Google Chrome - no pulse racing but it is fast
Last week Google launched a new web browser Google Chrome. Built to facilitate the next generation of web applications the browser is an exciting newcomer to the market that wins on performance and features but looks like 'my first web browser'.
Built on open source software ¶
Google Chrome uses WebKit the rendering engine that powers Safari. This is perhaps surprising given that Google funds around 85% of Mozilla’s Firefox revenue. Quite why Chrome does not use the Gecko rendering engine isn’t made explicit, but I suspect memory usage was the reason. Google have also open sourced Chrome. This is a definite strength of the project and it is encouraging to see Google’s approach in releasing this software.
Chrome’s UI ¶
It was reasonably predictable that Chrome should work very well but not really get the heart racing on the design front. Jon Hicks noted that it looks like a Fisher Price Browser. I agree that it does have the ring of “My First Browser”, but as you use Chrome there are some very nice touches. Contextual elements like the Status Bar, that only appears when it is relevant. I’ve long thought that Browser UI could use contextual elements more and this is a great little feature.
The ability to search directly in the address bar is nothing new - you can do this in Opera, but nonetheless it is an excellent feature. It reduces the clutter from the UI and is an elegant solution.
The most visted feature is something that seems to have been largely inspired by Opera, and many like Ben Ward have expressed frustration that Google has claimed this as as innovation. Regardless of credit for the innovation it is a great feature and is of real value to the user.
The UI as a whole is disappointing but it works. Function has triumphed over form. This is consistent with Google’s design approach and it would seem to be a design philosophy that is working. I can accept the argument that a browser should be largely invisible and if people do not notice it then it has entirely succeeded. I would have liked a bit more excitement though!
Internet Explorer 8 ¶
Let’s not forget that Internet Explorer 8 is just around the corner. To date, a bizarre market has emerged in desktop computing where the worst product has the biggest market share. Because Internet Explorer is tethered to Windows it has been the market leader for quite some time. Firefox has steadily chipped away at this market share as users have realised that Firefox offers greater stability, security and performance. Others like Opera have continued to produce excellent products but lacked penetration.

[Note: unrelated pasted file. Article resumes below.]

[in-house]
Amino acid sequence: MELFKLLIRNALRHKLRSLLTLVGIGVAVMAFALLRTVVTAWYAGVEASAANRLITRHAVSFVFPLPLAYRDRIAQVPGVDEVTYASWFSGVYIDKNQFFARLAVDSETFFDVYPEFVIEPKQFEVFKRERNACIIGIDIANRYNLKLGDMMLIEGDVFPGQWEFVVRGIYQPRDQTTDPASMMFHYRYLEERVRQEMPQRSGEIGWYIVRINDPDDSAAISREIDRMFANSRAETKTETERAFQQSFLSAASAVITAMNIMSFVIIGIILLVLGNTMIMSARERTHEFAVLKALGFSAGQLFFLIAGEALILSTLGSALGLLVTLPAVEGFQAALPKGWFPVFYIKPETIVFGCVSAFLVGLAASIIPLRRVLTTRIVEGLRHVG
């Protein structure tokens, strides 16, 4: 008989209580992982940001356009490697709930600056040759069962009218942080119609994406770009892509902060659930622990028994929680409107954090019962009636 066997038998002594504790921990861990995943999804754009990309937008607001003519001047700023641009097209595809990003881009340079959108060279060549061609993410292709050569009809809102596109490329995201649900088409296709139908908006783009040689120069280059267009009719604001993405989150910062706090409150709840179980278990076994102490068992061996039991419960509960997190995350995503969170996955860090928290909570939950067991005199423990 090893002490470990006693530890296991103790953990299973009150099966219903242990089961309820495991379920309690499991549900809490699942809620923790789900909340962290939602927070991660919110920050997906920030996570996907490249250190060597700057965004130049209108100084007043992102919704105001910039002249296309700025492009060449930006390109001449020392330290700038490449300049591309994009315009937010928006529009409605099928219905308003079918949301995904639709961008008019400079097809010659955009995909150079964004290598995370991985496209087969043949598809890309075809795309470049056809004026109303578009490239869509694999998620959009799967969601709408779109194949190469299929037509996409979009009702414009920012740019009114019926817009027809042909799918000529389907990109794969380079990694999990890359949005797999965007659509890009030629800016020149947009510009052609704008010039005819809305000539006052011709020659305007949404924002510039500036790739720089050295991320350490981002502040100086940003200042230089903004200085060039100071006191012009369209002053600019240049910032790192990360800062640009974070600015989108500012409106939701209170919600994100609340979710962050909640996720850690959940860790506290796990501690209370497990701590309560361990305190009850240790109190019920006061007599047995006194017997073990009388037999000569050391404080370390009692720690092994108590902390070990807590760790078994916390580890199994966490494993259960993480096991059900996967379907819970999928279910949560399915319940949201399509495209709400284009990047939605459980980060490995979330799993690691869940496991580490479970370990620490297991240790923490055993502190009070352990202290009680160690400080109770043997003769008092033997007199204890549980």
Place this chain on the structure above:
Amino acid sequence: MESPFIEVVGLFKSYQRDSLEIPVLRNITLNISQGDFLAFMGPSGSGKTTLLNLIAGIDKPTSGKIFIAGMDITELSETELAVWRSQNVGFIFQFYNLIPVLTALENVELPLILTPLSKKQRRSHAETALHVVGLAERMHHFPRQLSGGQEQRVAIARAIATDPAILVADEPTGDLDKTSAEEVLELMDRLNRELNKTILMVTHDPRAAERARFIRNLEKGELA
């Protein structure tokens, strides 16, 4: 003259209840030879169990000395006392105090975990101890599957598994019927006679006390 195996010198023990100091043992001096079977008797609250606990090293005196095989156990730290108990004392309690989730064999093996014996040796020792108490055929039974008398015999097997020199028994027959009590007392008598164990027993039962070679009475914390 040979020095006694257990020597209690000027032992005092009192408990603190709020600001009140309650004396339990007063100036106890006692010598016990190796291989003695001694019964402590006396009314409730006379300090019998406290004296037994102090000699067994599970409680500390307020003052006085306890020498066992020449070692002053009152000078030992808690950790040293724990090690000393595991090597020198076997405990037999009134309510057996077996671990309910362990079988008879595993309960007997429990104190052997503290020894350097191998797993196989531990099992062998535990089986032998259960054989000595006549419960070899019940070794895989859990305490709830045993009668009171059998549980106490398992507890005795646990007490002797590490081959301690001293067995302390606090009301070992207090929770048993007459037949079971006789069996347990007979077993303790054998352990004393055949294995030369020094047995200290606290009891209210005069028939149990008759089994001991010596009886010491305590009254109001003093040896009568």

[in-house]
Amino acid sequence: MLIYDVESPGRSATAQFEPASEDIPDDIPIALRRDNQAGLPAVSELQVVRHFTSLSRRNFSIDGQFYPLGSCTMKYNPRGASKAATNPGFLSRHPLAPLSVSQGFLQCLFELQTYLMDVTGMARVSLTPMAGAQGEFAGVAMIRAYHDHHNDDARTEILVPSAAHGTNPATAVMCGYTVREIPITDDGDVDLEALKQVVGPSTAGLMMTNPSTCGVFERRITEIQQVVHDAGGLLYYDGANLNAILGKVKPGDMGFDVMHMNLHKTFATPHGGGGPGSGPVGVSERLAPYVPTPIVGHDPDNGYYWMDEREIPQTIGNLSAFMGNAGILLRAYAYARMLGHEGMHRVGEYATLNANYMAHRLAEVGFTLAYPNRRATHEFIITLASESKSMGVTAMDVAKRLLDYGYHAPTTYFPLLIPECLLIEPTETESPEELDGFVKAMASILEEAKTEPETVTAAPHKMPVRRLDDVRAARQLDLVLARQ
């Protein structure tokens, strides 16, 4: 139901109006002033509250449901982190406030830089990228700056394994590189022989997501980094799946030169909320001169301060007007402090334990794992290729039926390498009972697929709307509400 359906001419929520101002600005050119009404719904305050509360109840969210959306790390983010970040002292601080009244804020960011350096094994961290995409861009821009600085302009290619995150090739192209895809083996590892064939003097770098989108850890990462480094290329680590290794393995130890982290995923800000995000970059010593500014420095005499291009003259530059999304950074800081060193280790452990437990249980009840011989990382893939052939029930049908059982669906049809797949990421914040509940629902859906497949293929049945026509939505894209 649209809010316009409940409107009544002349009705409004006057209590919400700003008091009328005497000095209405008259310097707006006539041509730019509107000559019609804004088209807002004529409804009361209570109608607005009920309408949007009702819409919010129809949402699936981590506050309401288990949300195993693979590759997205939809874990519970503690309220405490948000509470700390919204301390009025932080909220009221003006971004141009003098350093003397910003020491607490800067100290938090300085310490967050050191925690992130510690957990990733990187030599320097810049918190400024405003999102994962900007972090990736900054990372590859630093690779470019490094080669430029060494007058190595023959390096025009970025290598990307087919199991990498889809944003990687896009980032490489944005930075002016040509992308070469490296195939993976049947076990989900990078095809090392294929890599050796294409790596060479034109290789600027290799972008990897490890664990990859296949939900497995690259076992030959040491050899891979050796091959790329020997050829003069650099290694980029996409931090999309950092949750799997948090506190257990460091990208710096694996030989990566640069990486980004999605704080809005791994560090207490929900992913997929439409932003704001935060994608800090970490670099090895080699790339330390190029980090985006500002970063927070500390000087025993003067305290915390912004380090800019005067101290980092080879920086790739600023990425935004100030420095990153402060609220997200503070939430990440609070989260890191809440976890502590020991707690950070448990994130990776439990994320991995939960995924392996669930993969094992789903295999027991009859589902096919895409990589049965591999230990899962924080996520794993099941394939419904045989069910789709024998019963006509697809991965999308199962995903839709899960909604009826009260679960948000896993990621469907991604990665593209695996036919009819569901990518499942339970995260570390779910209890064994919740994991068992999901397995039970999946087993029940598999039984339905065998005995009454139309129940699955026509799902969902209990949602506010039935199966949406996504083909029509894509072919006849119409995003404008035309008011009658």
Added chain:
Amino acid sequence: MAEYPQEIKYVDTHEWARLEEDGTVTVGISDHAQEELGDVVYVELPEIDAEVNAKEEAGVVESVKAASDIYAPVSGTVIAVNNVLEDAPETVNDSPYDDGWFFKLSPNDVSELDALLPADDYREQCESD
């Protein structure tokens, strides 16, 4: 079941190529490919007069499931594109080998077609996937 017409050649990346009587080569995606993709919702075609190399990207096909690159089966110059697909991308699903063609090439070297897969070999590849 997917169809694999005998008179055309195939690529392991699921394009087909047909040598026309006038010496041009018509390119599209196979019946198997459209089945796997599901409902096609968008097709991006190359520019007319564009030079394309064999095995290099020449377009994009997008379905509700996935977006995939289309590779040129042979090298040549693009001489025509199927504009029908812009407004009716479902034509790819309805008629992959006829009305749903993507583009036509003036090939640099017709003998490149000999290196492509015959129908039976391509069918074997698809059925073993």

The release of Chrome must be hugely demoralising for the IE8 team who are working hard to get up to speed with the rest of the market. The initial betas have been encouraging but it would seem that Microsoft just cannot compete with the speed of open source projects and now Google’s Chrome. I have stated before that I am not anti-Microsoft - I would just like to see the best product have the biggest market share. I hope the release of Chrome will allow the browser market to become more transparent and let users understand they have a choice in the browser that they use. By all accounts Google is already seeing a good uptake even during Beta.
Chrome is a positive step forward for the average user’s experience of the internet. If users can experience the web in a safer, faster way and developers have more opportunities to build bigger and better applications based on open standards then it can only be a good thing. What I am really looking for though is a fix for the browser market in general. It makes me deeply uneasy that Internet Explorer has such large market share when it is an underperforming product. If Google’s Chrome can go some way to resolving this paradox I for one welcome its arrival.
Can you help make this article better? You can edit it here and send me a pull request.
Google enters browser market with Google Chrome
The news that Google is to launch Google Chrome, a web browser is good news for the browser market and web applications in general.
IE6 not going anywhere soon
I've been monitoring browser statistics on clients over the last few months in order to understand the effects of the IE7 forced update by Microsoft. Among corporate clients it doesn't seem to have had much effect and IE6 looks set to be around for a while.
Microsoft and IE8 default behaviour
Microsoft has changed its mind about the proposal to use a meta tag to trigger IE8 to use the standards rendering mode.